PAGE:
It’s clear that AI is going to make a lot of workflows more efficient and might even potentially fully automate certain interactions soon. If we have a billing and reimbursement system that increases reimbursement based on time spent and complexity, no one will adopt these tools. 

We should aim to move beyond CPT codes and figure out more novel contracting structures between patients, payers, and providers. We should pay for the intended outcome instead of the inputs to that outcome. I’m interested to see if companies that enable new types of contracting like Turquoise, Accorded, Mishe, etc. are able to move us beyond the CPT rails and instead to something more flexible.

Conclusion and parting thoughts

Like everything in healthcare, CPT codes were born from a well-intentioned place. We needed standards when talking about services. We needed physician input for reimbursement. We needed the government to coordinate everyone and mandates were one of the tools available.

But it’s clear that this process has become warped and distorted over time. The process is opaque, has turned the people and organizations involved into gatekeepers, and is not reflective of the real-world needs.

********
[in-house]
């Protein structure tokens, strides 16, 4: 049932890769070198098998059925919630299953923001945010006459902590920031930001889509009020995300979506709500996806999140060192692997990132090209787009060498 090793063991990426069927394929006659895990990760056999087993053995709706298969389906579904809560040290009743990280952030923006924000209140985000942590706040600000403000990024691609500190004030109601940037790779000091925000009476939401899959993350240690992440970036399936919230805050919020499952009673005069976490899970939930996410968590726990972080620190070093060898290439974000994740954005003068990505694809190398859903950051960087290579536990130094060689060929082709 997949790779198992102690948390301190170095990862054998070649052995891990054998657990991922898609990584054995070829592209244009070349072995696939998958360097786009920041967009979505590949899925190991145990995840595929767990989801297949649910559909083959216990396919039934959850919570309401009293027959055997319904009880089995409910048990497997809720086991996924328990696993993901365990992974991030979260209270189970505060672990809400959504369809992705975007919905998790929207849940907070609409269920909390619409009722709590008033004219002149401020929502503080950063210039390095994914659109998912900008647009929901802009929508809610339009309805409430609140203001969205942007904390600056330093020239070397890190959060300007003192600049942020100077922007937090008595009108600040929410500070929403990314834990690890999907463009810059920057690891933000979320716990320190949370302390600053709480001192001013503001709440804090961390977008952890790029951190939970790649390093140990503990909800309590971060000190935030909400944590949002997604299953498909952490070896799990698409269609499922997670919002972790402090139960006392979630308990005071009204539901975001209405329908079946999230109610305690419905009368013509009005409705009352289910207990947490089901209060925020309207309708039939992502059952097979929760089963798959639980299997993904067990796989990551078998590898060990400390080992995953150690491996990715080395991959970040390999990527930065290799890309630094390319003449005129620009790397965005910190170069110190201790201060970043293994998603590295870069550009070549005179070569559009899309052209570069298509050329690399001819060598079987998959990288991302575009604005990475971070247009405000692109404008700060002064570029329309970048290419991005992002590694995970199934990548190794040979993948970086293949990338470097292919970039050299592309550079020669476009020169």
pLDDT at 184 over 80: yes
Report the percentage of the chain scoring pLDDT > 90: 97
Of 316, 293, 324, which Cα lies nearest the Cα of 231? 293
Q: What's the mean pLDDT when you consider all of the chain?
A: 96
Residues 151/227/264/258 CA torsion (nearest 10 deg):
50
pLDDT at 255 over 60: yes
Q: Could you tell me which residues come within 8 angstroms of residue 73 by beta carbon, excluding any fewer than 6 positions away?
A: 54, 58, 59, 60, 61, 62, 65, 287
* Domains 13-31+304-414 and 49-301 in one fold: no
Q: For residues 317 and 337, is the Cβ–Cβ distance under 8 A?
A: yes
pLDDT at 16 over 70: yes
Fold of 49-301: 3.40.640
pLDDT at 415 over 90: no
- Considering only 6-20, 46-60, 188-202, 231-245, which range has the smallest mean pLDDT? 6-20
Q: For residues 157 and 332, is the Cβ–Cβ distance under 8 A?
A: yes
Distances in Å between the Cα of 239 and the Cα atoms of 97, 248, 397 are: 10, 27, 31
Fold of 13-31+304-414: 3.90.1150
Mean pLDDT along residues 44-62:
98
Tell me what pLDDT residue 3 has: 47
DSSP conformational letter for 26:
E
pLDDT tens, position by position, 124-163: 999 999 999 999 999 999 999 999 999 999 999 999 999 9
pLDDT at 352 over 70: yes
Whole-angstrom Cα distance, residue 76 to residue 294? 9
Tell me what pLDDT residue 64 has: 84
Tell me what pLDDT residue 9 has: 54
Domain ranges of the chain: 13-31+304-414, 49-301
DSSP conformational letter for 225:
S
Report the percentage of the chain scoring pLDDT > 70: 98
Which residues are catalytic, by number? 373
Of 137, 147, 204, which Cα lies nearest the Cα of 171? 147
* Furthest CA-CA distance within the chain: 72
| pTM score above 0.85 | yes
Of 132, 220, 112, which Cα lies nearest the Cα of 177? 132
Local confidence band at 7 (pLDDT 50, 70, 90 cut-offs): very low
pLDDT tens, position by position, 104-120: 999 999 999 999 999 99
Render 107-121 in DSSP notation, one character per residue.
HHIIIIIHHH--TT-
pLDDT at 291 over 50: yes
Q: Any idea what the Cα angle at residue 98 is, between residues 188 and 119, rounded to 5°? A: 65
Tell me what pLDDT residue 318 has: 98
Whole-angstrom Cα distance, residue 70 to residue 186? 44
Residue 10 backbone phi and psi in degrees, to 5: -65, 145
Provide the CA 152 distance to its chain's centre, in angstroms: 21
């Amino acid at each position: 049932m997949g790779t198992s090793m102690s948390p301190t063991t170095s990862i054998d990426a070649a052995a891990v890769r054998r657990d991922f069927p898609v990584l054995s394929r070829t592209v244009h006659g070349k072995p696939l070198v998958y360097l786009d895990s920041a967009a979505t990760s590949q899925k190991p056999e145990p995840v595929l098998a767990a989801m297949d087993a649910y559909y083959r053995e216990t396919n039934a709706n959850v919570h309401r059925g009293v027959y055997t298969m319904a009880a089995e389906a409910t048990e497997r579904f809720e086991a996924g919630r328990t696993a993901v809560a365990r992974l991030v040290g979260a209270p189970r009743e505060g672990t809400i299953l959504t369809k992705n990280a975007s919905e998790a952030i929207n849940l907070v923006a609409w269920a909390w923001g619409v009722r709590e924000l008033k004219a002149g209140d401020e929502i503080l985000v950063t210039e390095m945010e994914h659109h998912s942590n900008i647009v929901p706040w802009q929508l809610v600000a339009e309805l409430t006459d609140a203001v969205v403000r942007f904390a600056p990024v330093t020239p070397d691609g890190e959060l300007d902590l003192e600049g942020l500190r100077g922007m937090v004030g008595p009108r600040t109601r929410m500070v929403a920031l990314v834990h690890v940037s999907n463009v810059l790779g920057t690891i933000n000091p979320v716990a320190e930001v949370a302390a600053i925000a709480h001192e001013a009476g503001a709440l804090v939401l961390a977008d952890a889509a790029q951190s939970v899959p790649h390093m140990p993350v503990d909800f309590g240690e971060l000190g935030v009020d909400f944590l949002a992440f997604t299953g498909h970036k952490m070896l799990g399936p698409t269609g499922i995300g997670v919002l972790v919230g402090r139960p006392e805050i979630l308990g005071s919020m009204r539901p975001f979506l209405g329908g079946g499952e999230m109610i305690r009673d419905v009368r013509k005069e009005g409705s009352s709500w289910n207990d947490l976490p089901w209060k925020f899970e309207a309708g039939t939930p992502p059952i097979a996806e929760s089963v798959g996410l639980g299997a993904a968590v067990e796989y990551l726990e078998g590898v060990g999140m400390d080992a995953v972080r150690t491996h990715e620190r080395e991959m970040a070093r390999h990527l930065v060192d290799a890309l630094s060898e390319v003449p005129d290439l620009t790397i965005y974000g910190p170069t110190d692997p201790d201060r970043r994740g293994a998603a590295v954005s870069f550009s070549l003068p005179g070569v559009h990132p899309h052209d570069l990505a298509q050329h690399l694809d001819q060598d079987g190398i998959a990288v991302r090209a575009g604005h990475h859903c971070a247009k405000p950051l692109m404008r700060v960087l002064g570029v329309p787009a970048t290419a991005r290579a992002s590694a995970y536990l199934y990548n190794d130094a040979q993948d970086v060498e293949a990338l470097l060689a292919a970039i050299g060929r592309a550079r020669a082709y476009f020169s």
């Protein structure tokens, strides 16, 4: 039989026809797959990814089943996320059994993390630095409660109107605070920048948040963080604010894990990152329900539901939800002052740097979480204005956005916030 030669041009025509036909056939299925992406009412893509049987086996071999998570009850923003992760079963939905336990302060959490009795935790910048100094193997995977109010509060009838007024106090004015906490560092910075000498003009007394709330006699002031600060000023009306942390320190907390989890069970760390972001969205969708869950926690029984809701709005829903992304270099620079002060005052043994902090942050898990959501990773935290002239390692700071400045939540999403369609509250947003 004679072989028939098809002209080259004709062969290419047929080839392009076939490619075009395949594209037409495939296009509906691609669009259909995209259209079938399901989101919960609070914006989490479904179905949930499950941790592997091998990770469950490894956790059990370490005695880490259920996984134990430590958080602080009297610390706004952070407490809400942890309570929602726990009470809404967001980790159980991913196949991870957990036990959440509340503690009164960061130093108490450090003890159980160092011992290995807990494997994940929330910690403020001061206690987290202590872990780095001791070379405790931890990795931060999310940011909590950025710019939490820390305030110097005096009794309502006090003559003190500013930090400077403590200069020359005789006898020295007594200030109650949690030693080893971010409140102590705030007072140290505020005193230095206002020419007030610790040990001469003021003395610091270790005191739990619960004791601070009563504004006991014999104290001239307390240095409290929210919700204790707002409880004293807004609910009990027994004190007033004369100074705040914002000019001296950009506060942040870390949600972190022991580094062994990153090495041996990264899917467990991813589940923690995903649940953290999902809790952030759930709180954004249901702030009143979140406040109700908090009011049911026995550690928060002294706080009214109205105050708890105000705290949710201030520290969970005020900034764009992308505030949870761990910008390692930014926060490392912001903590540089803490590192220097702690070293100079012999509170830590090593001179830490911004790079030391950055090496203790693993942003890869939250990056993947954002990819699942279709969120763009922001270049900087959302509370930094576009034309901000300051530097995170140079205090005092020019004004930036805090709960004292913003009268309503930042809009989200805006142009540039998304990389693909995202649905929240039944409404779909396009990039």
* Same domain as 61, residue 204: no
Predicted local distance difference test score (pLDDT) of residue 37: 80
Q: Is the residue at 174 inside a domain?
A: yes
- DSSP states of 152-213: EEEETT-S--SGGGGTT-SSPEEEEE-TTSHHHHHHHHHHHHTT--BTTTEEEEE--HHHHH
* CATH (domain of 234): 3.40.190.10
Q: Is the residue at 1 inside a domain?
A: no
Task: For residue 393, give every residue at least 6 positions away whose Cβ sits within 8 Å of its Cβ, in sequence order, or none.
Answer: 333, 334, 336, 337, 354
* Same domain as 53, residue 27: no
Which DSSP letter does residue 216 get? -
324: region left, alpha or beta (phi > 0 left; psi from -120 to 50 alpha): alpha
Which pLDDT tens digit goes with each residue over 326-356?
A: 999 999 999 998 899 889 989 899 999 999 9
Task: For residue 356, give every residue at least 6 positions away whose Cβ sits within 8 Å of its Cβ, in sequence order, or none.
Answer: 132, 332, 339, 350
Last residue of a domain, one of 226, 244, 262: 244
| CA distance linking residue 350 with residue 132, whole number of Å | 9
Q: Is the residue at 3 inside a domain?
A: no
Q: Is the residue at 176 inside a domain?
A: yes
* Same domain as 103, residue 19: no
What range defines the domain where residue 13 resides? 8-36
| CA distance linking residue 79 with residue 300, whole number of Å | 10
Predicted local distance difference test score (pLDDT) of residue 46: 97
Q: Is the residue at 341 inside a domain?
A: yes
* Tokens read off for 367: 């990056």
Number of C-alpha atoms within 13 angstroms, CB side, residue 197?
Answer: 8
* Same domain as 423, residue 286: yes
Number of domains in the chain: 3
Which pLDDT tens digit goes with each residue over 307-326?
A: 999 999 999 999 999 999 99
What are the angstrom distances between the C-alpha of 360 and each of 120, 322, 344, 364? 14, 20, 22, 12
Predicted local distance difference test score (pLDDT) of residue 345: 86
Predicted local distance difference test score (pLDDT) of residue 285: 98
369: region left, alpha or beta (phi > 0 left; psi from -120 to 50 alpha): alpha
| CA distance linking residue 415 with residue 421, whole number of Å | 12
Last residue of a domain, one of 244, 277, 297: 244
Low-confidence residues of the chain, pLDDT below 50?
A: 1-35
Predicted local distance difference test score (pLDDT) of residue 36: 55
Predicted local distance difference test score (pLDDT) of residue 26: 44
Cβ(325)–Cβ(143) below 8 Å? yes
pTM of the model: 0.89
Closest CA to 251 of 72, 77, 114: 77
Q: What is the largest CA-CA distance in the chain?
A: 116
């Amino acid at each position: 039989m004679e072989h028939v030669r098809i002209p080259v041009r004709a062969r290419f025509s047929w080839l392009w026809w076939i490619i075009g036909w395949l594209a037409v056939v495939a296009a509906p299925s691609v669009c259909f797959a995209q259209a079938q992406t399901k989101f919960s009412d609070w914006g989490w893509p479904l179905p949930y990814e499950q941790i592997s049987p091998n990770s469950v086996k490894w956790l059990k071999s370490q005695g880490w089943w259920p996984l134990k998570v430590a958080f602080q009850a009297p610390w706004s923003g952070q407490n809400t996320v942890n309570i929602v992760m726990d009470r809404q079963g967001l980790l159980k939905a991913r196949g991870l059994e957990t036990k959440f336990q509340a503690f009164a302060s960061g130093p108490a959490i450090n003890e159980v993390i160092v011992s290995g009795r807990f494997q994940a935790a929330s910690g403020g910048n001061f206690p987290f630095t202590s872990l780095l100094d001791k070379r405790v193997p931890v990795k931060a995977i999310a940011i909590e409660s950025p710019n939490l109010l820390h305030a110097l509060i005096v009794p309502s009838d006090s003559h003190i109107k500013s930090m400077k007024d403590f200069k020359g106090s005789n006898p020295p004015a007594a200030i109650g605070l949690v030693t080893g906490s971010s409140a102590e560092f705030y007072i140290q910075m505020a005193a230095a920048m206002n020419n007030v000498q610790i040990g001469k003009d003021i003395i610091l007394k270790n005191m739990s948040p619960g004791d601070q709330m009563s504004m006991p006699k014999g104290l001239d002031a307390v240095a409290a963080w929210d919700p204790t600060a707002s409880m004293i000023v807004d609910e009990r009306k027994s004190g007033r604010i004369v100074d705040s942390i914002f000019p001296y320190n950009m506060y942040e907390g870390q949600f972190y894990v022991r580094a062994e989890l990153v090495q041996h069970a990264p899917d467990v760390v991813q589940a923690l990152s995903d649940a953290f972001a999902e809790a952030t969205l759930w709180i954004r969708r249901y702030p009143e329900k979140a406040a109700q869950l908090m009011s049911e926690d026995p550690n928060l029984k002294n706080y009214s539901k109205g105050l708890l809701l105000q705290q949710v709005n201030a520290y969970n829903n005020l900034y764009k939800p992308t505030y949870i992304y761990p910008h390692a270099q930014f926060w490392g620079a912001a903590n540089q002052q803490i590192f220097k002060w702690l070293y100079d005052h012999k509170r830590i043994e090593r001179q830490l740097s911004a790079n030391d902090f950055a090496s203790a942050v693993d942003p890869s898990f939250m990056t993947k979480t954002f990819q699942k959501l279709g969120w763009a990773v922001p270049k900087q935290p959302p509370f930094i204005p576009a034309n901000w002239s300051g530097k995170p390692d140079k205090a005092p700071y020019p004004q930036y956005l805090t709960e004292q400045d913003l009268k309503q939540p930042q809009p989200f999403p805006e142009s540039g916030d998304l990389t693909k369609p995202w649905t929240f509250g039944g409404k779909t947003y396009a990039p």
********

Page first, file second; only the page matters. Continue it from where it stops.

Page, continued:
A friend of mine actually attended a CPT editorial meeting by accident and gave me a short summary I thought was amusing but also depressing:

“First, in classic healthcare fashion, the infrastructure for the event was wildly outdated. There were two projector screens used, one being a screenshare of a Word doc with the proposed code change that they were highlighting and typing on live (not commenting / track changes, and in front of an audience of hundreds). In addition, some affiliated group proposing the change was dialed in but kept getting disconnected (or maybe muted?)....
In the end, the person who was struggling with being dialed in tried to talk, but someone on the panel decided they were done with the discussion, motioned to end the discussion, and quickly got a second to close it. The panel just wanted to move on at that point after hearing back and forths from the audience for a CPT that was only approved in October 2019 and went into effect January 1, 2020, less than two months before this panel. 

Broadly, the way the AMA handled the small portion of the overall panel that I witnessed was concerning: insufficient technology to support information sharing and discussion, dismissal of the topic and cutting off the stakeholders, and revisiting a Category III just a few weeks after it went live. “

Yeah this feels like an apt metaphor for healthcare as a whole.

Thinkboi out,

Nikhil aka. “Knuck if you RUC”

Twitter: @nikillinit

IG: @outofpockethealth

Other posts: outofpocket.health/posts

Thanks to Brian Dolan and Joe Connolly for reading drafts of this

P.S. Claims course closes signups this week, and we're getting together an initial alpha group for our Onboarding Clinicians to Tech Course (email ellen@outofpocket.health for details).